The deterioration of couture millinery in the scheme of retail is due to the lack of education that faces most potential hat buyers.

Member of Chapeau Guild Marjorie Marshall says she can differentiate between two types of women when her guild throws events showcasing and selling hats.

There are the women who, according to Marshall, love hats and know what looks good on them and there are the other women who are fascinated by hats but are too hesitant to purchase one, believing that hats simply do not suit their face.

This is one of the reasons why events thrown by the Millinery Arts Alliance and Chapeau Guild are so crucial in educating the general public.

I like to interact with the public because I hear over and over again that from customers that ‘oh my heads too big or I can never find the right hat fits me,’ says Gross. By having a customer in front of you, you can dial in the right silhouette and the right angle for them.”

Another facet that deters customers from purchasing hats is the intimidation factor that hats present to most customers.

“Getting women not to be afraid to wear hats is probably the biggest obstacle that milliners face,” says Kennard. “Wearing a hat down the street will get you noticed she says, so it takes a certain amount of confidence to wear a hat.”

But at the same time she counters that the right hat won’t feel like a costume, it will just bring out certain facets of the wearer.

“It brings out different parts of people’s personalities says Radosavljivec, parts that they have always possessed but keep on the back burner. I know people outside fashion think that fashion is superficial but it’s really interesting to see how how good of a communicator hats can be.”

Kennard says she was surprised to discover what she calls “hat women,” women who collect couture hats the way some women collect bags or shoes.

Gross says her clients are usually women with a distinct perspective, knowing what they want and what they need.

“I attract customers who are more mature, more stylish, a fashionista. Someone who is interested in something that is handcrafted and one of a kind,” she says.

Julia Winn, a purchaser of hats since the early 90s says she grew up watching her mother wear hats and was inspired to go to a hat event that she read about in the Chicago Tribune.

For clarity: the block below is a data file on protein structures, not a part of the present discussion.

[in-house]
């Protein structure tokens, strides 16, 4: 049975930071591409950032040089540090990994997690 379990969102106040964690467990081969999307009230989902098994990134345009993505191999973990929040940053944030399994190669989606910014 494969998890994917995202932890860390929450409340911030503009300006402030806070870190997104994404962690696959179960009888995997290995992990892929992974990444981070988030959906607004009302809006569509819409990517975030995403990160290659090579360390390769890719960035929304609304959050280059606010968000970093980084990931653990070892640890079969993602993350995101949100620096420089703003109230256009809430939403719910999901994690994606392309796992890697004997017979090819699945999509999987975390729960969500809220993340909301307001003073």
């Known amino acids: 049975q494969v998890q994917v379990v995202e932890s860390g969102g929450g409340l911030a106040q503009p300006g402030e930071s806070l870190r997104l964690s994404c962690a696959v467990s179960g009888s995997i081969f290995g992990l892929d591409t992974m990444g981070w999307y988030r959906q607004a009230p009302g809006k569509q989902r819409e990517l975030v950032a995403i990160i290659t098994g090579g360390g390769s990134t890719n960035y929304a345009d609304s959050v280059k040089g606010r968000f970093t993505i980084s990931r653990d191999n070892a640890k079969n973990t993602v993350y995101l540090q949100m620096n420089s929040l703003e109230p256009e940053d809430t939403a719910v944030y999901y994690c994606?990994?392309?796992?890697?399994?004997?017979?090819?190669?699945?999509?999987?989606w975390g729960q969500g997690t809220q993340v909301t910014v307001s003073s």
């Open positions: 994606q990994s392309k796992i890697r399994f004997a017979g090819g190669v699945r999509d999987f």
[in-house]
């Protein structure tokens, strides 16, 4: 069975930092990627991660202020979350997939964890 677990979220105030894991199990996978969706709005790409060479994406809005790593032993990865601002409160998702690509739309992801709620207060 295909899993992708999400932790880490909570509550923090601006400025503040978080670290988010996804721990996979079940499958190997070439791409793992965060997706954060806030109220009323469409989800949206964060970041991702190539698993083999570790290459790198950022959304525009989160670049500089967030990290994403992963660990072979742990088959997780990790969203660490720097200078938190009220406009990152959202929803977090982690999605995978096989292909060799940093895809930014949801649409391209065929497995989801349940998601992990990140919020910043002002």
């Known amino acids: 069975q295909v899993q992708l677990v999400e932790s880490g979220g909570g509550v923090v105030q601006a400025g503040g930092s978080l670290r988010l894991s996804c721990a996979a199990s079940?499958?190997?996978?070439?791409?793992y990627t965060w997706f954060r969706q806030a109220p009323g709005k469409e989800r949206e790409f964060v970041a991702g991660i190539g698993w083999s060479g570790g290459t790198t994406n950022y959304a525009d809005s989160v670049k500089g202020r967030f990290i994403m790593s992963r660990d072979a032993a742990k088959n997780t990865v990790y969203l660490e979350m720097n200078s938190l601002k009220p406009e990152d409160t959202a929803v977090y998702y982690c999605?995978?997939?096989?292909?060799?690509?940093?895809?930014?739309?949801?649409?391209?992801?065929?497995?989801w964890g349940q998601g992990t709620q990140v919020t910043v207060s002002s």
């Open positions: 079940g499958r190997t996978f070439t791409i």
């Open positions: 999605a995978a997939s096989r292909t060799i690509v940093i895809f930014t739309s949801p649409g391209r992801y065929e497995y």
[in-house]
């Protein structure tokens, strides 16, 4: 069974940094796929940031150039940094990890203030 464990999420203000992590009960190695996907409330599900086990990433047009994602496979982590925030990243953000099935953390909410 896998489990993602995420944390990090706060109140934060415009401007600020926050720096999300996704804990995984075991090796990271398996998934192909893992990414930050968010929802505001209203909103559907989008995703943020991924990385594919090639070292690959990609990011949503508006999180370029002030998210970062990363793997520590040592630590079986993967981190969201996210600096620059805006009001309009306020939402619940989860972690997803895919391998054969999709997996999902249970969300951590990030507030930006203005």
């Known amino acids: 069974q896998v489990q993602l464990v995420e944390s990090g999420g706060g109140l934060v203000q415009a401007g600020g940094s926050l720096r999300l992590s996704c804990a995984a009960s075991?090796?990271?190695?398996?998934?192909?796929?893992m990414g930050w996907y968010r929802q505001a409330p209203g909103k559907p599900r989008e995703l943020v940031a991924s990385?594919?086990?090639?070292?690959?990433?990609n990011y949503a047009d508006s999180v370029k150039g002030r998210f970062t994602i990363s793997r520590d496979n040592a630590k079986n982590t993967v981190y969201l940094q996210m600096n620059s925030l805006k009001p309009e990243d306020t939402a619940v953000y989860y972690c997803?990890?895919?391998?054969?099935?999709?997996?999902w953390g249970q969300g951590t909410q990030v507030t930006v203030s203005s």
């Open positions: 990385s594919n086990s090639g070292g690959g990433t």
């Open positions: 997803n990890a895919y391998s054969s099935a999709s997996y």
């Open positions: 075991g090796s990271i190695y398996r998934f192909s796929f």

At her previous job she says that “people may not have known who I was but they knew me as the women with the hat. “Some men have a power tie; I have a power hat.”

She says that it does take a certain amount of confidence and price point to wear a couture hat which sometimes associate a certain type of exclusivity with the millinery industry..

One of the biggest misconceptions about millinery, Gross believes is the elitist and esoteric stigma associated with it.

“I’m always conscience of what’s going on the price tag,” she says. “I’d much rather continue to keep headwear on the radar for most people and not just take it to the runway and make it an exclusive club.”

The waning popularity of hats is even more of a reason she says, to open it up to the masses.

Kennard dismisses the argument that a milliner’s prices alienate customers, stating that compared to what women spend on pursues and shoes, hats are not that expensive.

“It depends on the style of hat,” she says. You can have a beautiful everyday hat to go along with a great coat and it will cost you the same as a great pair of shoes.”

Radosavljevic says that the perpetuation of the stigma is both the customers and milliners’ fault.

“I think it’s both ends faults. I think milliners need to design less expensive things that aren’t cheaply made garbage but still have put quality into it and I think the customer needs to be willing to put something on their head,“ she says.

She points out that all hats do not need to have feathers and veils and that after a while the donning of a hat seems quite natural.

“When I started designing hats I started wearing them everyday. At the beginning it felt a little contrived but after a week if I didn’t wear one it felt like I forgotten to put on my underwear.”

Mass-produced hats are a point contention among milliners. Some state that mass-produced hats shift attention away from traditional millinery while other milliners argue that the more people wear hats the better it is for the industry.

“To think that one size would fit everyone is crazy,” Lisa Farrell says of department store hats. “Mass produced hats are just a travesty, because people think that’s all there is.”

Kennard agrees, stating that one size fits all hats would be like if shoes were made in only one size.

“You can have a milliner make a hat for you and it’s not going to cost much more than a hat in a department store,” she points out.

Radosavljivec says that people wearing hats, even if they are mass produced would be a good thing for millinery, since it would prompt certain individuals to seek out a couture, one-of-a-kind hat.

Many people question whether millinery hats will ever truly resurface, or whether it is fated to become obsolete, residing in fashion’s proverbial closet amongst elbow length gloves and parasols.

Kennard agrees that hats have become incongruent with the times but this, she feels, isn't such a negative quality. “Hat’s are so out of time that they have become timeless,” she says.

-Heba Hasan